Night of the Radishes
From Wikipedia, the free encyclopedia

Noche de rábanos
The Night of the Radishes (Spanish: Noche de rábanos) is celebrated every year on December 23 and it began in 1897 in the “zócalo” (main plaza) of Oaxaca city. Although it lasts only a few hours, it attracts thousands of people to this plaza each year.

The event consists of an exhibition of sculptures made from a type of large red radish which can weigh up to 3.00 kilograms (6.6 lb) and attain lengths up to 50 centimetres (20 in).[1] These radishes are especially grown for this event, left in the ground for months after the normal harvests to let them attain their giant size and unusual shapes.

The sculptures are made by professional craftsmen and aficionados, who are mostly radish growers. Themes include complete nativity scenes, party scenes with dozens of figures, Baile Folklorico, models of real buildings built with much detail, and saints.[1] The sculpted scenes include other materials such as dried flowers and corn husks but what makes a sculpture stand out is the creative cutting of the radish itself for effect, such as carefully peeling the red skin back and perforating it to create a lace skirt. A contest is held with the first-prize winner getting their picture in the newspaper.[1]


Hi Garden Club members. Happy new year and I hope you can make it to the first garden club meeting for 2013, which will take place, Wednesday, January. 2nd, 11am to 1pm

We will be visiting two 2 gardens sites in Teotitlan de Valle. The two locations also have dogs — and it would be best for those who might like to bring their dog companions to these visits –plan to have them stay in a vehicle during our visits to the gardens.

Our first visit will be to the organic garden of Minerva Gonzalez and her husband Ismauel Martinez. Minerva and Ismauel grow organically and she sells the produce at the mercado in Teotitlan. They grow a large variety of produce and we will learn how they tend their plants, fertilize the land with different strategies including using compost, some of which is provided by their worms. She also raises chickens which produce eggs that she also sells at the mercado.

We will meet at their garden at Matamoros #11. The street side of the building is a family grocery store and you can enter into the garden area further back from the street through the store.

When you open the link to see the map of Teotitlan there is a marker at Ave. Juarez, which is one of the main intersections for the center of town–2 blocks (towards the hills) heading north of this marker turn left (east) onto Matamoros and Matamoros #11 is located on the left (south) side & in the middle of the street.

The second garden is located at the home of Ani Burns, a long time resident of Teotitlan. Her small (truck) garden is located next to her small casista. Ani lives very simply yet her home is very warm and inviting –and some of the features of the home include an outside solar heated shower which also has a backup of an on-demand heating system, and a composting toilet. Her home site has a wonderful view of the pueblo and she will explain how she deals with insects and issues related to living on the edge of the campo.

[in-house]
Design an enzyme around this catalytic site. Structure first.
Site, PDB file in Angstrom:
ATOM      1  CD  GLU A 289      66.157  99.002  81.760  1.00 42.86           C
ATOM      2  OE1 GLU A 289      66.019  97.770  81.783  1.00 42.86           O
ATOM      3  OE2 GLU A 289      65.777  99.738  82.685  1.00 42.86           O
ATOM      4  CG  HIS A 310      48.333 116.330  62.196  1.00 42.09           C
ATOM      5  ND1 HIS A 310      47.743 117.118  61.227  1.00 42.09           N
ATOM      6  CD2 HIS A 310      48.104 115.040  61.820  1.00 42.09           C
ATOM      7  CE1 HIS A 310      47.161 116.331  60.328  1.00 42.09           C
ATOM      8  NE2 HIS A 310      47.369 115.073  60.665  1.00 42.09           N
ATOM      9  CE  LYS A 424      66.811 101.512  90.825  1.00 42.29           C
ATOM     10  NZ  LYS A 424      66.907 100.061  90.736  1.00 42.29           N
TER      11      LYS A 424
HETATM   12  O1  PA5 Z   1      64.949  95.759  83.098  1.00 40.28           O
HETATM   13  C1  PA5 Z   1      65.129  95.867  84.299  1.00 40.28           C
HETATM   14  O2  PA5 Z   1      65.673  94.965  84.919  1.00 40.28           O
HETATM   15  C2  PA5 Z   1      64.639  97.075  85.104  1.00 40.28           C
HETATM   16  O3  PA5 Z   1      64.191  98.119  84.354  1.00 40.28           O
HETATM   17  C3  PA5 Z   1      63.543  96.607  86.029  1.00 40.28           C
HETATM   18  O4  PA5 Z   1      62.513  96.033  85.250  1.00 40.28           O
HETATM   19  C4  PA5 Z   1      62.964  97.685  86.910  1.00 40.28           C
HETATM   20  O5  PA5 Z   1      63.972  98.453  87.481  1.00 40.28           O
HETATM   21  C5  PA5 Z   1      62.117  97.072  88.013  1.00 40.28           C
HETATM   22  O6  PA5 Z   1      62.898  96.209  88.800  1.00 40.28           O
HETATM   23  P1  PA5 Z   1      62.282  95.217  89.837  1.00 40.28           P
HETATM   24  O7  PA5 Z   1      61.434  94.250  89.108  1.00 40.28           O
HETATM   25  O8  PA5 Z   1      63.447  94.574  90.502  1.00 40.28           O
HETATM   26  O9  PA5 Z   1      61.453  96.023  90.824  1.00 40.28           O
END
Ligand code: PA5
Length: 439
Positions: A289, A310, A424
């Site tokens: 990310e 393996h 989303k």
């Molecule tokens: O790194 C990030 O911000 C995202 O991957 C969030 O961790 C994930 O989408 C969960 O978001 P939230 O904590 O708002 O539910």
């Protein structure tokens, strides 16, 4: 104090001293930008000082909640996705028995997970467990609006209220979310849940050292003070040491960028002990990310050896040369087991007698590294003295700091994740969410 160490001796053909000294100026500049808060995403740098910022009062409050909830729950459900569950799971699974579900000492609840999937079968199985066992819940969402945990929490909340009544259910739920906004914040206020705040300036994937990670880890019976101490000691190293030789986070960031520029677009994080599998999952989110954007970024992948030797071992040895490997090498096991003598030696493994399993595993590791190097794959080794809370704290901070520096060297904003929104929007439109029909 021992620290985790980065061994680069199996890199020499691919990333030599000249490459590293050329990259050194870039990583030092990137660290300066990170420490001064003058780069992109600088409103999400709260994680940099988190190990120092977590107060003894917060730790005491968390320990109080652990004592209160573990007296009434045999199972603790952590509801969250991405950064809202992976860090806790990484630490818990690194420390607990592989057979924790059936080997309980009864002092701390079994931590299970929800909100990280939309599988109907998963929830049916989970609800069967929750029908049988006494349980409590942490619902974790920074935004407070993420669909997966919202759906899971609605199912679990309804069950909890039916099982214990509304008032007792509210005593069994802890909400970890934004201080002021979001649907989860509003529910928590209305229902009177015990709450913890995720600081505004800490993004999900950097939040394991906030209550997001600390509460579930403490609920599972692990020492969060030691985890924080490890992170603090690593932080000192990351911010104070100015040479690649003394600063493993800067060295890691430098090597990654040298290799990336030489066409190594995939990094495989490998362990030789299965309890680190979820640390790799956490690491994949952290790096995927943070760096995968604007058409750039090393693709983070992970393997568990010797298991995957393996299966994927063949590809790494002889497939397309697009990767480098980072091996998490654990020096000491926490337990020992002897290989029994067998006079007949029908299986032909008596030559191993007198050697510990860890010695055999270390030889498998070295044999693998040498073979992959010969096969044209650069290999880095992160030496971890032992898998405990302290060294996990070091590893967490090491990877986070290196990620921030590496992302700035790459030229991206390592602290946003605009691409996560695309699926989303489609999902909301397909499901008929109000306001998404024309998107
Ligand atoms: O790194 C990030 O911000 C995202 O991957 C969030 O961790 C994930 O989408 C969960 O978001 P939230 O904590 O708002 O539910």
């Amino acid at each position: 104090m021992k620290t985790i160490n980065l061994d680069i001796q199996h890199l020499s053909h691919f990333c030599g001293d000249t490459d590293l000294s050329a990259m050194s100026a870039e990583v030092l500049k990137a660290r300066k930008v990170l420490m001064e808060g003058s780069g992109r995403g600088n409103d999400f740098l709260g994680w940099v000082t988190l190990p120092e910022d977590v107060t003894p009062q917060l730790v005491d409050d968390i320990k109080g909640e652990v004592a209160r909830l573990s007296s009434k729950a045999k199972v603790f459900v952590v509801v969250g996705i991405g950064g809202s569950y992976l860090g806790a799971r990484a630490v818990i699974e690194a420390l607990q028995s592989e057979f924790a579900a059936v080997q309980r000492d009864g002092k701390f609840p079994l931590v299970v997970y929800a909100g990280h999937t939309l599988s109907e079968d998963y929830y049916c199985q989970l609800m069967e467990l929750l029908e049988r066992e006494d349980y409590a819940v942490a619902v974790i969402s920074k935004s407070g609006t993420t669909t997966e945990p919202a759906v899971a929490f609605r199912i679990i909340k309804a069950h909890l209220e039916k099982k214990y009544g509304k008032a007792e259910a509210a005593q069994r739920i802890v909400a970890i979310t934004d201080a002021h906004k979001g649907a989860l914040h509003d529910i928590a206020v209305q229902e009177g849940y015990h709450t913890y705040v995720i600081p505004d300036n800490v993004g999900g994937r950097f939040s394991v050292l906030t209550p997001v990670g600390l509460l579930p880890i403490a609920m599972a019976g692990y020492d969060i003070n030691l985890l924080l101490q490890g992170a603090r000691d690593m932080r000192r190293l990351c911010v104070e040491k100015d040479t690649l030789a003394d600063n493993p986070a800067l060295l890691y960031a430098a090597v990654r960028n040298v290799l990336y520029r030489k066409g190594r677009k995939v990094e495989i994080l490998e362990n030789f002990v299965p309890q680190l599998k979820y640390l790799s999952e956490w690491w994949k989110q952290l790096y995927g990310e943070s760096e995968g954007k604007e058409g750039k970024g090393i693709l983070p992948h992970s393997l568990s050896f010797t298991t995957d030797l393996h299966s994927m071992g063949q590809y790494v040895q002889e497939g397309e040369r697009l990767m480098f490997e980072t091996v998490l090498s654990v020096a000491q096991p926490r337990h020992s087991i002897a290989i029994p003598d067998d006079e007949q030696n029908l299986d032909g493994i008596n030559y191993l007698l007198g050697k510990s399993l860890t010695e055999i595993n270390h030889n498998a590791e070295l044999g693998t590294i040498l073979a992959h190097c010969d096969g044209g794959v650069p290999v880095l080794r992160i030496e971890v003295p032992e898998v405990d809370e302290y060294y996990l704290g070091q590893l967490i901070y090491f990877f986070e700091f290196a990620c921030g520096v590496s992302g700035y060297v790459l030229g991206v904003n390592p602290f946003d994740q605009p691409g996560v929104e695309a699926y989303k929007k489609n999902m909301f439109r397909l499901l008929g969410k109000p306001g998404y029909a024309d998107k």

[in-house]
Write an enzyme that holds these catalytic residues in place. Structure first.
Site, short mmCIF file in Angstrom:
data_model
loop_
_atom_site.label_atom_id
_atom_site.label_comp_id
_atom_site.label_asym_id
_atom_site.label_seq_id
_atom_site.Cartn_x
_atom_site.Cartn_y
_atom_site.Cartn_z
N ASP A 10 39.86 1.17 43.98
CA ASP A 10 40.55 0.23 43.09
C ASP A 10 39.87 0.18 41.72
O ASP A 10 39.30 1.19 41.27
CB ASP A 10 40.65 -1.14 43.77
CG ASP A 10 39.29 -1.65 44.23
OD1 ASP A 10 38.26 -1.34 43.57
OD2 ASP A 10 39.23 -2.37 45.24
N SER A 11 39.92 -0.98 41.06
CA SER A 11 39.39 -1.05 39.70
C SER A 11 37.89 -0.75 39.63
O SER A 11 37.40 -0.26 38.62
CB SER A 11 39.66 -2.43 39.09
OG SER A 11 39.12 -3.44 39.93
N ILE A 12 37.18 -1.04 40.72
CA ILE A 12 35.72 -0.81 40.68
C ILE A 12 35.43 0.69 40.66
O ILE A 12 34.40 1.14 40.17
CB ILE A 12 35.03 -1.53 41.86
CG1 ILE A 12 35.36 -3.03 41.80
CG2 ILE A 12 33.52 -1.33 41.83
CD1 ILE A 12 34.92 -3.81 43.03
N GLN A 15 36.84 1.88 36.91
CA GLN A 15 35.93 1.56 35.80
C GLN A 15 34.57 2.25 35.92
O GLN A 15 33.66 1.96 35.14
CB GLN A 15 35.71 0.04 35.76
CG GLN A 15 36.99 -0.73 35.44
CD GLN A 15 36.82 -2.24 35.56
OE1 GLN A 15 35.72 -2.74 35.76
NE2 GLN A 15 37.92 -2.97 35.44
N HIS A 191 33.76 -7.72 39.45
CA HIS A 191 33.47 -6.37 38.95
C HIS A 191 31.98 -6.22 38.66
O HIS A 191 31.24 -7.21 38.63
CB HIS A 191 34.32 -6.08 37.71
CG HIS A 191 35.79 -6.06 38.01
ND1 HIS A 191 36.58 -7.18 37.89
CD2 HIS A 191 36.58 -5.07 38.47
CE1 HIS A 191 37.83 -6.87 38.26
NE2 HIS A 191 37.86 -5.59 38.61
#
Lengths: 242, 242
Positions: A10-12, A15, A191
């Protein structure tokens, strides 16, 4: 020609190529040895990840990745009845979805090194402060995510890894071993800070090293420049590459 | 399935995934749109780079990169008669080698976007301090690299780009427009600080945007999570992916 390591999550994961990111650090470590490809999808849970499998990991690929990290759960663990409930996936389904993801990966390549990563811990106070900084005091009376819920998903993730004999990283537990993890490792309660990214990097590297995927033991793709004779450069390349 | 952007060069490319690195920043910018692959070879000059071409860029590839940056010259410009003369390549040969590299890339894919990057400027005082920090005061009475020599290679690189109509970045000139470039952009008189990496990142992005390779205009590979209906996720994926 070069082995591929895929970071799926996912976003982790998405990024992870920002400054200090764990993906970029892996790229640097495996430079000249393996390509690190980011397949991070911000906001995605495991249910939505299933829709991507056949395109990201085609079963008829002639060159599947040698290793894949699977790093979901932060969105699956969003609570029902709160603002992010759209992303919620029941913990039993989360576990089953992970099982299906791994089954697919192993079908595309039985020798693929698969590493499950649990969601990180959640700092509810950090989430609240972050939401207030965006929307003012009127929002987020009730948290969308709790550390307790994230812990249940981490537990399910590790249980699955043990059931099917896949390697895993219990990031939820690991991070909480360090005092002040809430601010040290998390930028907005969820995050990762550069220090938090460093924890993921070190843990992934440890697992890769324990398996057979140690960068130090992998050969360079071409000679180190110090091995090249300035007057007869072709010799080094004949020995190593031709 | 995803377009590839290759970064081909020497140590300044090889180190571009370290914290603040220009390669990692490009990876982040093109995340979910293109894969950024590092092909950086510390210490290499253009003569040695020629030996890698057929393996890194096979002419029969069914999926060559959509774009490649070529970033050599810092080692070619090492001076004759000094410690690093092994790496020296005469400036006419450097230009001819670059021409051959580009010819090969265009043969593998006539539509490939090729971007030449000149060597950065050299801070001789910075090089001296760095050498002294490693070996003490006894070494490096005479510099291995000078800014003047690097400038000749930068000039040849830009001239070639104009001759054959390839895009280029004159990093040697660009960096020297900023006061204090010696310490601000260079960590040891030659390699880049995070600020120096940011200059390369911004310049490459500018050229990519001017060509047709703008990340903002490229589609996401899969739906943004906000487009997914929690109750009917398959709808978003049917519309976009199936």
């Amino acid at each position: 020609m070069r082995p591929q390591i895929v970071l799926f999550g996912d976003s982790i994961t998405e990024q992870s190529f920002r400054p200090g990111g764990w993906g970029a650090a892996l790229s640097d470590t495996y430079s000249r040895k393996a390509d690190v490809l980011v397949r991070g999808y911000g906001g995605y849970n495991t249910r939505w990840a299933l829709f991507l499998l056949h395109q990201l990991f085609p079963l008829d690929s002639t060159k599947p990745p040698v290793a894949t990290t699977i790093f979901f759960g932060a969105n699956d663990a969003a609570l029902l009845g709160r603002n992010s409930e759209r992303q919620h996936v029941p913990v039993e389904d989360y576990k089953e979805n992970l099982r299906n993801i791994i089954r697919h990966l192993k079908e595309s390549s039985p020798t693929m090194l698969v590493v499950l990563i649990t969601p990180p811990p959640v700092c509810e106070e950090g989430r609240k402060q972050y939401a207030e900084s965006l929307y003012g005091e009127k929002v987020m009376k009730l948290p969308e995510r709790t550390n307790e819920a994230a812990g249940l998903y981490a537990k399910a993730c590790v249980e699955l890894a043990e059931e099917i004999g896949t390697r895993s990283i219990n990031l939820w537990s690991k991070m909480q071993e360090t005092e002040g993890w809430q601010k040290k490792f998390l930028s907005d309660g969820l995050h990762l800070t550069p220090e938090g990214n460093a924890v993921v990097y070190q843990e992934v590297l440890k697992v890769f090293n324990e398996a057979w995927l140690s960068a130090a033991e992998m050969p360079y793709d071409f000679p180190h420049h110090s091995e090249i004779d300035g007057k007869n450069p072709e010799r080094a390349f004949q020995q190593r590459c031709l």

The directions of where she lives will be given out during the visit to the 1st garden. It is strongly advised that people car pool to her location, take a moto taxi, or walk the 4 or 5 blocks. She lives on the east side of town at the base of the mountain. Parking is limited on her property and also on the street. Preference parking on her property will be given to those of us who might have limited walking ability. If parking on the street in front of her home, there is a slight grade to walk up the driveway to her home. Comfortable walking shoes are advised.
You are welcome to contact me with any questions– or 951.148.3215.

This email is being sent through the website service at which I hope will provide an easy way for people to unsubscribe if they which to not receive messages of the Oaxaca garden club activities. This is my first attempt at using this service so please give me feedback on how it works for you.

Aome St. Laurence

Pres. of the Garden Club of Oaxaca

Certified Permaculture Consultant, Designer, Educator–currently living in Oaxaca, Mexico

Join the “greenoaxaca yahoo group” a communication tool for those who are interested in gardening/ permaculture/green/sustainable and healthy living in and around the city of Oaxaca, MX.



James “Jim” Wyly (15 Nov 37) was born in Kansas City, Missouri. As a child, even at the ages of 2 and 3 he could draw recognizable people and buildings. He was encouraged by his great uncle, a professional painter, but his parents’ priority was music, especially the keyboard, as they had a piano in their home. By the age of 5 Jim was able to play classical music. He always had teachers for music theory and composition.

At the age of 17 Jim enrolled in Amherst College in Massachusetts, where he received his BA in English literature. He attended graduate school at the Conservatory of Music of the University of Missouri where he received his Doctorate in Music. His dissertation, on 18th century Spanish organ construction, was written in Madrid, Spain with the aid of a Fulbright grant, and was finished in 1964. Jim worked for 4 years at Elmhurst College, in Illinois, and 8 years at Grinnell College, in Iowa, as a Professor of Music.

In the 1970’s Jim became interested in the psychology of Carl Jung. Life in rural Iowa was beginning to feel rather limiting so in 1976 Jim and his wife, Mary moved to Chicago where he went back to school and received a Doctorate in Clinical Psychology in 1981, after which he got a certificate in Jungian Psycho-Analysis. In Chicago he set up a private practice which he maintained until 2003 when he and Mary retired and moved to Oaxaca.